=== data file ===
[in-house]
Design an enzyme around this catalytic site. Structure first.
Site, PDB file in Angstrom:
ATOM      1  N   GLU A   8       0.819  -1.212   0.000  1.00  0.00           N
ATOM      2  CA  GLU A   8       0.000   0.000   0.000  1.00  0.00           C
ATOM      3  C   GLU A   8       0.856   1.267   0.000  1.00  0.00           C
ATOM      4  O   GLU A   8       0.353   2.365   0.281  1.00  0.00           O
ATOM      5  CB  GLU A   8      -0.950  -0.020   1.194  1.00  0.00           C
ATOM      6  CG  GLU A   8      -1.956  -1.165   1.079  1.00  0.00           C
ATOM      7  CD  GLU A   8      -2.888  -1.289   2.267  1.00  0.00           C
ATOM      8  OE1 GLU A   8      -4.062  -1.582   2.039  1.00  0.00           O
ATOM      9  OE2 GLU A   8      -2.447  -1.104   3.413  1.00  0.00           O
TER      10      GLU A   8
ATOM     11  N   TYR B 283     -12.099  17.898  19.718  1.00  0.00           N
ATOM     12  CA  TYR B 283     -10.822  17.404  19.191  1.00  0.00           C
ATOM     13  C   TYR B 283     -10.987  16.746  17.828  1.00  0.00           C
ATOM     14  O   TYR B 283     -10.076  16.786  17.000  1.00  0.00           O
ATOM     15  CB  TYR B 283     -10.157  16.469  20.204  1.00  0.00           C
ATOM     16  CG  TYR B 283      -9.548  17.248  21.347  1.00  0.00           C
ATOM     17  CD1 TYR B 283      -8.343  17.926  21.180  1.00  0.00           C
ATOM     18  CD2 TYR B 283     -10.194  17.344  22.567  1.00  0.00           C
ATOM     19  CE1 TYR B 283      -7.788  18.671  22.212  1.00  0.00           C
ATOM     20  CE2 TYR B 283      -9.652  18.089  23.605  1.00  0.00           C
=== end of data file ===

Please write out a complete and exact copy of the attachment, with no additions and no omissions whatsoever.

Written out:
[in-house]
Design an enzyme around this catalytic site. Structure first.
Site, PDB file in Angstrom:
ATOM      1  N   GLU A   8       0.819  -1.212   0.000  1.00  0.00           N
ATOM      2  CA  GLU A   8       0.000   0.000   0.000  1.00  0.00           C
ATOM      3  C   GLU A   8       0.856   1.267   0.000  1.00  0.00           C
ATOM      4  O   GLU A   8       0.353   2.365   0.281  1.00  0.00           O
ATOM      5  CB  GLU A   8      -0.950  -0.020   1.194  1.00  0.00           C
ATOM      6  CG  GLU A   8      -1.956  -1.165   1.079  1.00  0.00           C
ATOM      7  CD  GLU A   8      -2.888  -1.289   2.267  1.00  0.00           C
ATOM      8  OE1 GLU A   8      -4.062  -1.582   2.039  1.00  0.00           O
ATOM      9  OE2 GLU A   8      -2.447  -1.104   3.413  1.00  0.00           O
TER      10      GLU A   8
ATOM     11  N   TYR B 283     -12.099  17.898  19.718  1.00  0.00           N
ATOM     12  CA  TYR B 283     -10.822  17.404  19.191  1.00  0.00           C
ATOM     13  C   TYR B 283     -10.987  16.746  17.828  1.00  0.00           C
ATOM     14  O   TYR B 283     -10.076  16.786  17.000  1.00  0.00           O
ATOM     15  CB  TYR B 283     -10.157  16.469  20.204  1.00  0.00           C
ATOM     16  CG  TYR B 283      -9.548  17.248  21.347  1.00  0.00           C
ATOM     17  CD1 TYR B 283      -8.343  17.926  21.180  1.00  0.00           C
ATOM     18  CD2 TYR B 283     -10.194  17.344  22.567  1.00  0.00           C
ATOM     19  CE1 TYR B 283      -7.788  18.671  22.212  1.00  0.00           C
ATOM     20  CE2 TYR B 283      -9.652  18.089  23.605  1.00  0.00           C